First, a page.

THE ASAHI SHIMBUN
July 29, 2021 at 17:05 JST
Though the U.S. government has released video and a report concerning unidentified flying objects, the Air Self-Defense Force and Japanese scholars are only slowly moving to catch up with research efforts in the West on the phenomena.
The official position of the Defense Ministry is that no eyewitness sighting of UFOs has yet been confirmed, but some of those connected with the ASDF admit seeing objects they could not identify.
A few years ago, a pilot of a surveillance plane was puzzled when the plane's infrared detection device found something making irregular movements.
“What is that?” a member of the radar crew asked.
The object was about 10 kilometers in front of the plane and was not only not visible to the naked eye, but also didn't show up on radar.
Less than a minute later, the object “disappeared” from the infrared detection device so the crew verbally reported they had lost sight of it.
No official report of the sighting was made by the plane crew.
In response to questions from The Asahi Shimbun, the pilot said, “I felt no one would believe us and so it was difficult to say we saw something. But there are a number of colleagues who claim to have seen similar objects.”
Other SDF members also said they had heard about similar experiences from their colleagues.
Gen. Shunji Izutsu, the ASDF chief of staff, revealed at a July news conference that 30 years ago a senior ASDF member told him about sighting a large object that remained stationary in the air.
“The fact that we are here does not mean we can deny intelligent life similar to us exists somewhere different and very far away,” Izutsu added.
After the U.S. Department of Defense released the videos last year, the SDF also compiled measures for dealing with similar encounters.
The objects in such encounters were defined as “any flying unidentified object that could have an effect on Japan’s defense and security.” The compiled measures stated that efforts should be made to photograph the object so that further analysis could be conducted.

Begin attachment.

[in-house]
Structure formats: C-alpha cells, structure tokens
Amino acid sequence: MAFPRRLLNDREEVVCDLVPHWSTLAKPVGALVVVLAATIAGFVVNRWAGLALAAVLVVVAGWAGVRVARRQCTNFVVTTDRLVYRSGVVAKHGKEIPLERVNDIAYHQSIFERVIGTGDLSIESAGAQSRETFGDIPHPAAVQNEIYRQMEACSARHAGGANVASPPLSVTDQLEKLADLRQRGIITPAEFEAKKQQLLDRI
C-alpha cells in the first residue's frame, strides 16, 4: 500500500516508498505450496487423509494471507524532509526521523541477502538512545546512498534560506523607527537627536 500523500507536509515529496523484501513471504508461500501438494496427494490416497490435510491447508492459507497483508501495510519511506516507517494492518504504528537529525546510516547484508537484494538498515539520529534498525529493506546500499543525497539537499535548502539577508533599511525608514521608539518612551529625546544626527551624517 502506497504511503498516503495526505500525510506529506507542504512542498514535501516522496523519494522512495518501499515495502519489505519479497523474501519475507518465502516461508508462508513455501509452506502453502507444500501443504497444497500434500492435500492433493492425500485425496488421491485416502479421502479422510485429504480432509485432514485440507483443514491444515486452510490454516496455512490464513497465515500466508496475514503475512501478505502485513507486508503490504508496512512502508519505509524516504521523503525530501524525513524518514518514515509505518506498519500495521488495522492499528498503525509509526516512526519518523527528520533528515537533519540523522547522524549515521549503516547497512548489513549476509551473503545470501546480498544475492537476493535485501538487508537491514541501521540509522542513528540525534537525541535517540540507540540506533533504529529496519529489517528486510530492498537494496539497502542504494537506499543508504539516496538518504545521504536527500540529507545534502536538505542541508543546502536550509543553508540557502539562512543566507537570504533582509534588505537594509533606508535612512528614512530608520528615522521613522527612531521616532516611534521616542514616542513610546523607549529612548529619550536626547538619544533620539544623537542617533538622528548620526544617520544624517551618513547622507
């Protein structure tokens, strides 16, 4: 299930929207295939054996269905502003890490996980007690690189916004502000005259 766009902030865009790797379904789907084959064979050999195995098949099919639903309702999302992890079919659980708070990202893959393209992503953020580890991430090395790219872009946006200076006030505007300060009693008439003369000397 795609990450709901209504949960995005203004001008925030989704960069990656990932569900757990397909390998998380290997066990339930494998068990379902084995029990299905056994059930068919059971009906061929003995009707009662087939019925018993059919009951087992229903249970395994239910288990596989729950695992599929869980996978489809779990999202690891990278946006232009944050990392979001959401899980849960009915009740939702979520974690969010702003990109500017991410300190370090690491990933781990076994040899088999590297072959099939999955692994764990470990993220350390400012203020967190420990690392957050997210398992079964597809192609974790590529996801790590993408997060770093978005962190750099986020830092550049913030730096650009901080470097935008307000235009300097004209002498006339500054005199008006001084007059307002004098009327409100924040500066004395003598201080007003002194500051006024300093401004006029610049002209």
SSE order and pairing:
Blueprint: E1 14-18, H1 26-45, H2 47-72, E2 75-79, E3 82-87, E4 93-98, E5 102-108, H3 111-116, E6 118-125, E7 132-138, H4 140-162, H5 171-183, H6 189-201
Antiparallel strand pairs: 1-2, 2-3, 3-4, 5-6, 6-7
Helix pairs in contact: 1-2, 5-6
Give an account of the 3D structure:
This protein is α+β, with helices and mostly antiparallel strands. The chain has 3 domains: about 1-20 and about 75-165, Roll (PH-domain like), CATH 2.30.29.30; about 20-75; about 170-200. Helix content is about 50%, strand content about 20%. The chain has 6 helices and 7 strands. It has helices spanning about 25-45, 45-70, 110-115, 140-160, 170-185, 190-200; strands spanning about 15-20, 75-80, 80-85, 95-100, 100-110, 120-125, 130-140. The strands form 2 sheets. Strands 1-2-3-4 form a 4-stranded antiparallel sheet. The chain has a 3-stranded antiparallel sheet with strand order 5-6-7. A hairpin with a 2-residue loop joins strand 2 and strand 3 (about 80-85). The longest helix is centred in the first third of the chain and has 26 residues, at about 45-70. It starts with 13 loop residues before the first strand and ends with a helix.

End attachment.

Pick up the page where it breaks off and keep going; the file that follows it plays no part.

But the measures, despite being quite broad, contain no specific steps to be taken should a UFO be spotted.
Ordinarily, ASDF jets are scrambled whenever a suspect plane is spotted near territorial airspace. The jets call on the plane to not enter Japanese airspace and if no response is received, one option is to fire warning shots.
But as there is no telling what a UFO might do in return, the most realistic response would be to leave the scene if an ASDF jet came under attack, an official in charge said.
INTERNATIONAL PLAN JUST FOR RADIO SIGNALS
The International Academy of Astronautics (IAA) in 1989 compiled a set of principles in the event that signals from extraterrestrial intelligence were detected.
The three major steps are to first verify and confirm with other researchers before actually announcing the detection; inform the United Nations secretary-general and other international organizations about the confirmation of detection of such signals; and release the findings to the world through the mass media.
But the principles were meant to deal with radio signals rather than actual encounters with UFOs.
Since the 1960s, research under the acronym of SETI, or Search for Extraterrestrial Intelligence, has been taking place around the world using radio telescopes.
SETI researchers in Japan met in 2009 to discuss how to proceed with their research, according to Shinya Narusawa, a senior researcher at the University of Hyogo Nishi-Harima Astronomical Laboratory.
One agreement reached should a signal be detected in Japan was to report the matter to the Cabinet Office, National Astronomical Observatory of Japan and the Science Council of Japan.
While researchers at a number of prominent Western universities are engaged in SETI research, there is no similar enthusiasm in Japan, given that many scholars do not want to spend their entire careers trying to detect extraterrestrial intelligence when the possibility of finding it is astronomically small.
Narusawa, however, said, “SETI is an opportunity to think about the future of humans living on Earth and is a journey in search of oneself.”
(This article was written by Yu Miyaji, Yoshitaka Ito and Kaigo Narisawa.)
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